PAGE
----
Pundits have been wearing out their thumbs on Twitter ever since the results of the Kansas referendum on abortion came in Tuesday night. The victory on the “No” side, against amending the state constitution to remove its protection of abortion rights, was decisive, 59 to 41 percent. Voting “Yes” in the referendum meant that the constitution could be amended and laws further restricting or banning abortion entirely could be passed in the state.
Republicans had made the vote confusing on purpose. To a casual observer, a “no” vote might seem to mean you were against abortion rights, and “yes” vote that you were for abortion rights, when in fact it was the other way around. The state Republican Party also scheduled the vote on primary day in August, when turnout is typically much heavier for the GOP in a state where Republicans outnumber Democrats almost two to one and frequently have competitive primary contests, while Democrats rarely do and their voters often don’t bother to show up.. Furthermore, Republicans were betting that turnout among independents would be low because they are not permitted to vote in either party’s primaries.
That strategy failed across the board. Turnout among Democrats was high, as it was among independents, all of them apparently driven to the polls by the abortion referendum on the ballot. The vote by political party was not monolithic, either, with many Republicans crossing over to vote no. Even in the conservative rural counties of western Kansas, which Donald Trump carried by lopsided margins in 2020, the vote against the referendum measure was in the range of 40 percent, meaning that many Republicans voted to preserve abortion rights
Republicans put this referendum on the ballot because a 2019 state Supreme Court decision, on a 6-1 vote, found that the Kansas Constitution protects a woman’s right to abortion. Why did a conservative court in a conservative state find a right to abortion in a state constitution where the word “abortion” did not appear? Because of the first sentence of the Kansas constitution’s Bill of Rights, which borrows from the language of the Declaration of Independence: “All men are possessed of equal and inalienable natural rights, among which are life, liberty, and the pursuit of happiness.” The court wrote:
We conclude that, through the language in section 1, the state’s founders acknowledged that the people had rights that preexisted the formation of the Kansas government. There they listed several of these natural, inalienable rights—deliberately choosing language of the Declaration of Independence by a vote of 42 to 6. We are now asked: Is this declaration of rights more than an idealized aspiration? And, if so, do the substantive rights include a woman’s right to make decisions about her body, including the decision whether to continue her pregnancy? We answer these questions, “Yes.”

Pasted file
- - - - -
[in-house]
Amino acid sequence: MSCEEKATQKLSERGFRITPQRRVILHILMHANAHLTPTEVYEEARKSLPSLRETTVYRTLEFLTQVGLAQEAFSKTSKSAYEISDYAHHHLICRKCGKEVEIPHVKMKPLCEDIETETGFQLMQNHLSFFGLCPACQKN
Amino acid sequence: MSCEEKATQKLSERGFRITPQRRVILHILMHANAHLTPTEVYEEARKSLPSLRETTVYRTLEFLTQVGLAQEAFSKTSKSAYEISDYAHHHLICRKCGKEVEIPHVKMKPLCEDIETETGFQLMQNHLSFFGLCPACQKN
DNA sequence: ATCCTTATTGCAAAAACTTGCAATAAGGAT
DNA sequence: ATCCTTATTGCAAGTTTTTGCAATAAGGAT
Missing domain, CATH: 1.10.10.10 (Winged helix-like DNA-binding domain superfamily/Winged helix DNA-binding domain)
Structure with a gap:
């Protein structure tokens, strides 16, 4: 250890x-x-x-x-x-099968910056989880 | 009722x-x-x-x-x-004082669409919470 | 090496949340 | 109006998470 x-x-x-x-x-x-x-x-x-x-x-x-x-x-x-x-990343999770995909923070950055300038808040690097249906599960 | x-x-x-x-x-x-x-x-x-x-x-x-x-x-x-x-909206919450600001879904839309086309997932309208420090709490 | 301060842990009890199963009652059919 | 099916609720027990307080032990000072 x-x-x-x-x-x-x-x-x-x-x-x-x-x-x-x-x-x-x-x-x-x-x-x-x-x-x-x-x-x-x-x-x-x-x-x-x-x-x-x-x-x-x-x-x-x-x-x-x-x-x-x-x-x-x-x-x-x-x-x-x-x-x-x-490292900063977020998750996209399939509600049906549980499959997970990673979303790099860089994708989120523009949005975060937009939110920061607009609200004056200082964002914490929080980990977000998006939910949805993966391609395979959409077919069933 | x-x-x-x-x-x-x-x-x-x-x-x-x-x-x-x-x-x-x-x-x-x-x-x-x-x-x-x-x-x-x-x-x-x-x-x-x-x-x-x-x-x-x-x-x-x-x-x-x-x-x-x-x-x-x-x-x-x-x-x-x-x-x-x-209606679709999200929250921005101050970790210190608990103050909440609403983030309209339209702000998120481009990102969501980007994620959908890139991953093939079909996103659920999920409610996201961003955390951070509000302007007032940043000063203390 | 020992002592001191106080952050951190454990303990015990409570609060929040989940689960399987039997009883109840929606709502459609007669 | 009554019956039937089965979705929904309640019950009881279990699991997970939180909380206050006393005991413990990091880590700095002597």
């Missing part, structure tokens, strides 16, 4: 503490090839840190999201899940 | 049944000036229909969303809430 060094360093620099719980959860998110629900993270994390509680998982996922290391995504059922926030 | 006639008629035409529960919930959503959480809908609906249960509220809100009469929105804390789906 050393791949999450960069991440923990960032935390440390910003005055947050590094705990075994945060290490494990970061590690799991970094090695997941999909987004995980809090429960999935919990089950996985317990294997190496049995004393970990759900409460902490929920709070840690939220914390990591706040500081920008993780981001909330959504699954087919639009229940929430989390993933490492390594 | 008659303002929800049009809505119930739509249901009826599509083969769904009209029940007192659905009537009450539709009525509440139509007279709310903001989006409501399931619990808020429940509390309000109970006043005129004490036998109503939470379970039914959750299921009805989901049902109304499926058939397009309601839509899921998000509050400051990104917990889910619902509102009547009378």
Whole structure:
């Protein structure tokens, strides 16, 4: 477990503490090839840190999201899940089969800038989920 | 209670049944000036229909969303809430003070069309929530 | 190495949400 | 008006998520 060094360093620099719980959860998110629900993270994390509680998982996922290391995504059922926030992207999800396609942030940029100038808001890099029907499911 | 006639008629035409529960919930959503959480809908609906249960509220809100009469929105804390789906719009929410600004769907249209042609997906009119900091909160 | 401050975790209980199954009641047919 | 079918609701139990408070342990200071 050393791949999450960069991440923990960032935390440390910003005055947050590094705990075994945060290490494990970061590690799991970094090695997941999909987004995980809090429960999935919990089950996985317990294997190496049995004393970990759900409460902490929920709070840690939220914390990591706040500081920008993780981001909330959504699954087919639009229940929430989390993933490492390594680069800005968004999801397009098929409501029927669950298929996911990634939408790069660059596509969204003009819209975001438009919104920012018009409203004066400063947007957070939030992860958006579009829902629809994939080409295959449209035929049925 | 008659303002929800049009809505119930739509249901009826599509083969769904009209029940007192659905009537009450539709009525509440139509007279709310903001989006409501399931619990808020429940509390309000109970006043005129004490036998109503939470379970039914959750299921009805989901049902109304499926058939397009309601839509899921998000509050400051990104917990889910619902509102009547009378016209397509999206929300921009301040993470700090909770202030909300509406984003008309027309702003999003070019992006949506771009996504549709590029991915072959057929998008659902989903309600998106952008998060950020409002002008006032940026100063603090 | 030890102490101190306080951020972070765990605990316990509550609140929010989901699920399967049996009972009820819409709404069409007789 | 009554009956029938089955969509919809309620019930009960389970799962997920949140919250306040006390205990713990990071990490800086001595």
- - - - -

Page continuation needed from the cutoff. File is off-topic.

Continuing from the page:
Included in that limited category is the right of personal autonomy, which includes the ability to control one’s own body, to assert bodily integrity, and to exercise self-determination. This right allows a woman to make her own decisions regarding her body, health, family formation, and family life—decisions that can include whether to continue a pregnancy.
The word “resounding” comes to mind, doesn’t it?
It was the decision of the Kansas Supreme Court that was on the ballot last Tuesday. Did Kansans believe that their state and its government were founded on principles that were worth standing by? Did they, in the words of the court, believe that their constitution’s words were “more than an idealized aspiration?”
That’s what the vote was about. Did the words that founded the nation, and were then employed to found the state of Kansas, have meaning? Voters were being asked, in effect, whether the word “rights” has meaning. Both the federal and state constitutions have bills of rights. They are not bills of doubts, or bills of exceptions, or bills of maybes, or bills of questions. The Constitution of the United States is said to be the supreme law of the land, just as the constitution of Kansas is the supreme law of that state. They are not suggestions; they are laws.
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You don’t get to vote on laws very often. You vote for people to represent you, and those people make the laws. But this time, Kansans got a chance to vote on the law that grants a woman the right to control her own body, and they voted for it — yes, resoundingly.
Do the words that founded the nations have meaning? Does the word “rights” have meaning? That’s what Kansas voters were asked to decide.
The question now is whether that vote will translate into votes in Kansas and other states for people who make laws that respect the principles this country was founded on, or whether so-called conservatives will continue to vote for people who make laws of convenience, or laws crafted to fit in with other principles such as those found in religious texts or political rhetoric.
The New York Times published a story after the vote on Tuesday suggesting that if polling on abortion rights reflected how voters around the country might decide similar referendums in other states, “around 65 percent of voters nationwide would reject a similar initiative to roll back abortion rights, including in more than 40 of the 50 states.” Well, Republicans may be rigid, but they aren’t stupid: The Times story and those numbers can be counted on to assure that Republicans will resist any movement to put the right to abortion up to a popular vote in states across the nation.
Though the vote in Kansas is cause for celebration, the answer to how much it matters will come in November, when voters in all 50 states go to the polls and are faced with a reality that has been there all along: It’s not just about who you’re voting for, it’s about what they stand for.
on the fight for reproductive rights